22 February 2016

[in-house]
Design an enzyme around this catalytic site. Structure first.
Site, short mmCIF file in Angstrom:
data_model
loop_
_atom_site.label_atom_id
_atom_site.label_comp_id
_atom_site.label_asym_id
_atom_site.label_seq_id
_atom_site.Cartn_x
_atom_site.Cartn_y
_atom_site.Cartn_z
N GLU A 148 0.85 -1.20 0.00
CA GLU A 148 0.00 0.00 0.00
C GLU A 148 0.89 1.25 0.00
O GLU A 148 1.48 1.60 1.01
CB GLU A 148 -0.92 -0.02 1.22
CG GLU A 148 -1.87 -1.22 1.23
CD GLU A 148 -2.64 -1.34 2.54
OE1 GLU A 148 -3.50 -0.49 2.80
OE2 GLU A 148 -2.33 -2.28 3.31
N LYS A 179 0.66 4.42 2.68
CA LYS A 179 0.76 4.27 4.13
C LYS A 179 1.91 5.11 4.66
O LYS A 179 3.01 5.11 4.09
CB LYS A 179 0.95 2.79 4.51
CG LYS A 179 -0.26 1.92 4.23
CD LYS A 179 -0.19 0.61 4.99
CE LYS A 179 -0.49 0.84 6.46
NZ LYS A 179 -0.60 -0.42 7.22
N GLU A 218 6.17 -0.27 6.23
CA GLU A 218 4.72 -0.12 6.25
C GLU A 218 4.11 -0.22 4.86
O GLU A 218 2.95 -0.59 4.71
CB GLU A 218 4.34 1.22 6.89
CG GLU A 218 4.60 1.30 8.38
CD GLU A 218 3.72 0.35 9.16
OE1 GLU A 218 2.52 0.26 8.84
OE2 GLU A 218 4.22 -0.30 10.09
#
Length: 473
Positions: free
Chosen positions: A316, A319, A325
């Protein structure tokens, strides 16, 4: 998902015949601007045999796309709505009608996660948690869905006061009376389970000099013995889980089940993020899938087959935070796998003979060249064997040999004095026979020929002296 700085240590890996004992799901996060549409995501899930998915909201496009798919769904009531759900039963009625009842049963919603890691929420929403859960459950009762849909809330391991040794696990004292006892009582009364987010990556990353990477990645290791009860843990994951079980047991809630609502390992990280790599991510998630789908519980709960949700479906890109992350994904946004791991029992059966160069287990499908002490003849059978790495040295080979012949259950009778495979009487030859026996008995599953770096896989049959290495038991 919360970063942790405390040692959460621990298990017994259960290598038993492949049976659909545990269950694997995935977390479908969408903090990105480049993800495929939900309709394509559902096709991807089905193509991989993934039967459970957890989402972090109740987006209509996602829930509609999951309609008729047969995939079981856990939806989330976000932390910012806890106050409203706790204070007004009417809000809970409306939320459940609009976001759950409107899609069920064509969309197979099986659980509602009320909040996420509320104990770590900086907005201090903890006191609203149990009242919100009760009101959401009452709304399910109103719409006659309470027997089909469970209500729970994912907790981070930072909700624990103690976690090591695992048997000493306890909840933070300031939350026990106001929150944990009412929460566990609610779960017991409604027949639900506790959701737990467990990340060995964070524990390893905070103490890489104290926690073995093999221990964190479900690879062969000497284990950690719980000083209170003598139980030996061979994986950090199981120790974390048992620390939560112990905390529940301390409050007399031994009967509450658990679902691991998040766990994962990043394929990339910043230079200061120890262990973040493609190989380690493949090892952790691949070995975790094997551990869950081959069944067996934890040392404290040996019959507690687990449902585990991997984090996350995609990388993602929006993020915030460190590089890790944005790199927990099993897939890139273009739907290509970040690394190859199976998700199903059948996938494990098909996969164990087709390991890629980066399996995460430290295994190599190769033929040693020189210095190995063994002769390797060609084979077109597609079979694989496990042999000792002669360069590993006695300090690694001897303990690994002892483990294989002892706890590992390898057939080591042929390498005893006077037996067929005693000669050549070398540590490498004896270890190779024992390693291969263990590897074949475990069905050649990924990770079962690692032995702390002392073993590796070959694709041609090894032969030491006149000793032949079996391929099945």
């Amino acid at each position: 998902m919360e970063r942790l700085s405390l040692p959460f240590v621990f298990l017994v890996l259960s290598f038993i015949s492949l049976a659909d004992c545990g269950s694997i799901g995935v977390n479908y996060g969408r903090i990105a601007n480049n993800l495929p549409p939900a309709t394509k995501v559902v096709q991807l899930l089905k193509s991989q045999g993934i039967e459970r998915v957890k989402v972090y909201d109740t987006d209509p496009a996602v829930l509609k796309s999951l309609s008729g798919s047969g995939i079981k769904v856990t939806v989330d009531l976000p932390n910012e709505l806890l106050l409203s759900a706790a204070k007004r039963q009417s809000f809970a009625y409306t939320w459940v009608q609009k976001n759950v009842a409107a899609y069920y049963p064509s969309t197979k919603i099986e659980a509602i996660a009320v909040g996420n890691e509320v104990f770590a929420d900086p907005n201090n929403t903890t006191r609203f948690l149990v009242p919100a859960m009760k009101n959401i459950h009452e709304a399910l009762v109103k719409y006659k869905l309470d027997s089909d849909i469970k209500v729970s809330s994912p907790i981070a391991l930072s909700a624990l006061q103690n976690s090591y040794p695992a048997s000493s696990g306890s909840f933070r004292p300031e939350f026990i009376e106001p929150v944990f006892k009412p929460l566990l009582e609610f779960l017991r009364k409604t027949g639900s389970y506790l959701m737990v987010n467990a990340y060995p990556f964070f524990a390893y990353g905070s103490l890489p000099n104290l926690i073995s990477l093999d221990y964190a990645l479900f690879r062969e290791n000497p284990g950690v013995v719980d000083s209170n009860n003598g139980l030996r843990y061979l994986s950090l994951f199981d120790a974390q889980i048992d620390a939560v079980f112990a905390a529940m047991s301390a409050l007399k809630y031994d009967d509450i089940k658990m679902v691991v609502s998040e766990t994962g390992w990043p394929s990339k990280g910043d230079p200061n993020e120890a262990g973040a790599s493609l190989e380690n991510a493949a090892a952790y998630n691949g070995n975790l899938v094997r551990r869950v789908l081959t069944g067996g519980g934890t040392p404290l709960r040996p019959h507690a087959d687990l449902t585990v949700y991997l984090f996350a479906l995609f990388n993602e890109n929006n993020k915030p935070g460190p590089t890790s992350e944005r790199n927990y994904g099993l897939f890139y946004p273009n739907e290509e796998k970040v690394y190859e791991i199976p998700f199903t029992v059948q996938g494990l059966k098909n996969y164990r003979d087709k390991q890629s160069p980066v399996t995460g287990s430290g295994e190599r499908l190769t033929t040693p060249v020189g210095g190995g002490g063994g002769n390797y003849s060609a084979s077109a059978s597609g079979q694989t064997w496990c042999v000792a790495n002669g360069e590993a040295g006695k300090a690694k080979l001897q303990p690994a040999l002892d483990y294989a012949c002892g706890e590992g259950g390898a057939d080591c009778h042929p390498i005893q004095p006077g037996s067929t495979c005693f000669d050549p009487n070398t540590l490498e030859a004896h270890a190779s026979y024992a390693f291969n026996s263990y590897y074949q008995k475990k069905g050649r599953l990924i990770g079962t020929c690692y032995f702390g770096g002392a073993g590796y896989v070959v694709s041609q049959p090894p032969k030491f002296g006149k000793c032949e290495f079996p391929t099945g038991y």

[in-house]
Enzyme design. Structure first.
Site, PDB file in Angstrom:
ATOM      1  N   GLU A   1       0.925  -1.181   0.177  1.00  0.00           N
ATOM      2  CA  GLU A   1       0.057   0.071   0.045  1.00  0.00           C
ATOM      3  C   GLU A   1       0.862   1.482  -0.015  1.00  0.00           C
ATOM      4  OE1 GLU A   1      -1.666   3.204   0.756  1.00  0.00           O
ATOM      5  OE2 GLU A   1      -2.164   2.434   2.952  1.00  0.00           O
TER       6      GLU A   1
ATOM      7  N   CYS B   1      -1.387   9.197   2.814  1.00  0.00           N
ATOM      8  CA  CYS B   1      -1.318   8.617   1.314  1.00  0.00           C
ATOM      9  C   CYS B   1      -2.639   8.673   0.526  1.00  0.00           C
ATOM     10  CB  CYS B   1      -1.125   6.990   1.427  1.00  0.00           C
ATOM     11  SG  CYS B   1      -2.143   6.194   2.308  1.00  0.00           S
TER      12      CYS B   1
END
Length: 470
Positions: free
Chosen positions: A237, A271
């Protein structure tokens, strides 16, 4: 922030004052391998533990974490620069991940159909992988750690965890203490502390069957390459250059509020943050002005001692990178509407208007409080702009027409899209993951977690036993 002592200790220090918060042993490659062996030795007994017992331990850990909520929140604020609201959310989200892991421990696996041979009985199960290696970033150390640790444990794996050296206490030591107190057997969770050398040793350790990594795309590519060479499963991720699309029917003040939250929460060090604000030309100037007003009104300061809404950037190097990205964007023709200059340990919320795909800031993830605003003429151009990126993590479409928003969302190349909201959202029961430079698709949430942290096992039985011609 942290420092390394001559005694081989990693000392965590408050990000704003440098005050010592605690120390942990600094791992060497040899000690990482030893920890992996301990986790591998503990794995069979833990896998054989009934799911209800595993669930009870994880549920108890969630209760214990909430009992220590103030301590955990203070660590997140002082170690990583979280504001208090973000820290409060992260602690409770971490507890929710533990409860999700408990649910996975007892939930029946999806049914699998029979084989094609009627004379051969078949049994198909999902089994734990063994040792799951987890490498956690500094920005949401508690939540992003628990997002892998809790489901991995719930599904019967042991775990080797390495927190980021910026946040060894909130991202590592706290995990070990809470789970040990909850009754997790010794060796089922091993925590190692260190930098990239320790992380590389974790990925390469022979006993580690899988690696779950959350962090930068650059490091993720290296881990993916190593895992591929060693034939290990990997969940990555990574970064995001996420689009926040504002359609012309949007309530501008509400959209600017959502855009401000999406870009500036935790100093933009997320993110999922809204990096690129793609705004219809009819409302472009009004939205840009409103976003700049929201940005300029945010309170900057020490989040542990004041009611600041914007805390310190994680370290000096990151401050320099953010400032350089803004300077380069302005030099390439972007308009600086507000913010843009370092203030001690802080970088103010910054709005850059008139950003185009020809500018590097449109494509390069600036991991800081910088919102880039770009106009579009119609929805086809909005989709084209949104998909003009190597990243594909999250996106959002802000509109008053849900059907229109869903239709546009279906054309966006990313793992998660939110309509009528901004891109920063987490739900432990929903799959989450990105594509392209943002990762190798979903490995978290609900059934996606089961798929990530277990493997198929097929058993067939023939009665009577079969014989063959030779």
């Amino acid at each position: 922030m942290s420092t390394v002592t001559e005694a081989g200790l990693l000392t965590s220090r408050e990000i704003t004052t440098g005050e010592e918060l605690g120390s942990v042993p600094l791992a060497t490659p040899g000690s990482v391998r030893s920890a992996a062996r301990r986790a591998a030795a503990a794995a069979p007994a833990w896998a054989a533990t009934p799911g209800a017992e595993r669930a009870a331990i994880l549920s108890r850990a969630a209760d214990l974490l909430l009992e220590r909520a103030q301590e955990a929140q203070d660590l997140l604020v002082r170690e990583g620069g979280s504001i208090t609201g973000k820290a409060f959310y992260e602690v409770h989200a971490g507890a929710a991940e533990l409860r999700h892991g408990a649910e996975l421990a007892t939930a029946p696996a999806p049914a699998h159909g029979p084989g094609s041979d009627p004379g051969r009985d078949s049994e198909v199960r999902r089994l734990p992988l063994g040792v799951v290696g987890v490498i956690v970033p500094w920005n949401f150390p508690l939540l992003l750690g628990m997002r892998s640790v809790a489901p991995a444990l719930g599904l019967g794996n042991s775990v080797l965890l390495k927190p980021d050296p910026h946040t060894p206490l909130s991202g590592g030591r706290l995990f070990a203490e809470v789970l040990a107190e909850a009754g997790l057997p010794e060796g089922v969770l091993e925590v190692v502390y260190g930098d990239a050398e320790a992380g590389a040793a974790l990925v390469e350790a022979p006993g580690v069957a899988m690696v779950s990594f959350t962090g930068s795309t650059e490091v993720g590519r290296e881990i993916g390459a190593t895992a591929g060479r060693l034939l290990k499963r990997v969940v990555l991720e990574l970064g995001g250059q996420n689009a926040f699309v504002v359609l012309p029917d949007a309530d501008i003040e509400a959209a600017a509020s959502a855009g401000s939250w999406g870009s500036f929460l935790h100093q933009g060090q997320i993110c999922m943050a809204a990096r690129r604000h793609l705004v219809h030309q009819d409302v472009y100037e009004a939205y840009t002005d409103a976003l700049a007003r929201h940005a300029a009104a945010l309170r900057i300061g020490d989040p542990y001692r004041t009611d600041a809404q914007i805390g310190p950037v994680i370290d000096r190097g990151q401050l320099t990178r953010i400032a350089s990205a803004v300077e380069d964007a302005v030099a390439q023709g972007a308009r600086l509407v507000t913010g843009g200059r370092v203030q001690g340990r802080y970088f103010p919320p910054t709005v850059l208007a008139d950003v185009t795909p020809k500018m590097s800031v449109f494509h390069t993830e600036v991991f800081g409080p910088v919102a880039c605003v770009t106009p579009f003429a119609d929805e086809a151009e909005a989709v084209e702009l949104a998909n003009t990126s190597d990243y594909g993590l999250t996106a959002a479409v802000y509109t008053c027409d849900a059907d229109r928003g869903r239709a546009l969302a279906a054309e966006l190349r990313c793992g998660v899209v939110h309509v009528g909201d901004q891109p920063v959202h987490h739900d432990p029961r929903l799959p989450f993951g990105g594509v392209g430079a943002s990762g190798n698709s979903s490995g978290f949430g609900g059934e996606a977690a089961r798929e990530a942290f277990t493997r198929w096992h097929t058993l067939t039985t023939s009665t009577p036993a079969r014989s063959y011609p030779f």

Most politicians traditionally have been of the opinion that the US President, having been “democratically elected” and all that, ought to get the man whom he wants when he nominates someone for a high post. Since Obama has disgraced his office, I agree with those who believe that he ought not to be treated with the same deference; I do not, however, understand how we can fulfill the Senate Majority Leader’s stated determination not to allow a vote on any nomination of a replacement for Antonin Scalia until a new president assumes office, which would mean going 11 months with an even number of justices on the Supreme Court! This determination, and Senator Cruz’s vow to filibuster—see the title of this u.c.—any vote that nevertheless takes place on an Obama pick, would make more sense if the GOP did not control the Senate; since Republicans do compose the majority, it seems to me that they ought to abandon the attitude that I mentioned in my opening sentence, and simply reject Obama’s favorites until he tries to salvage as much of his judicial legacy as he can by selecting someone whom the opposition will find tolerable. Indubitably such a choice would still be inferior to one made by a Republican chief executive, but having injustices rather than justices appointed to our highest court is one of the consequences that ensue when we the people foul up the electoral process.Alternately (and sarcastically), perhaps we could reduce the membership of the SCOTUS to seven persons, compensating for Scalia’s death forcing the retirement of left-wing bigot Sonia Sotomayor!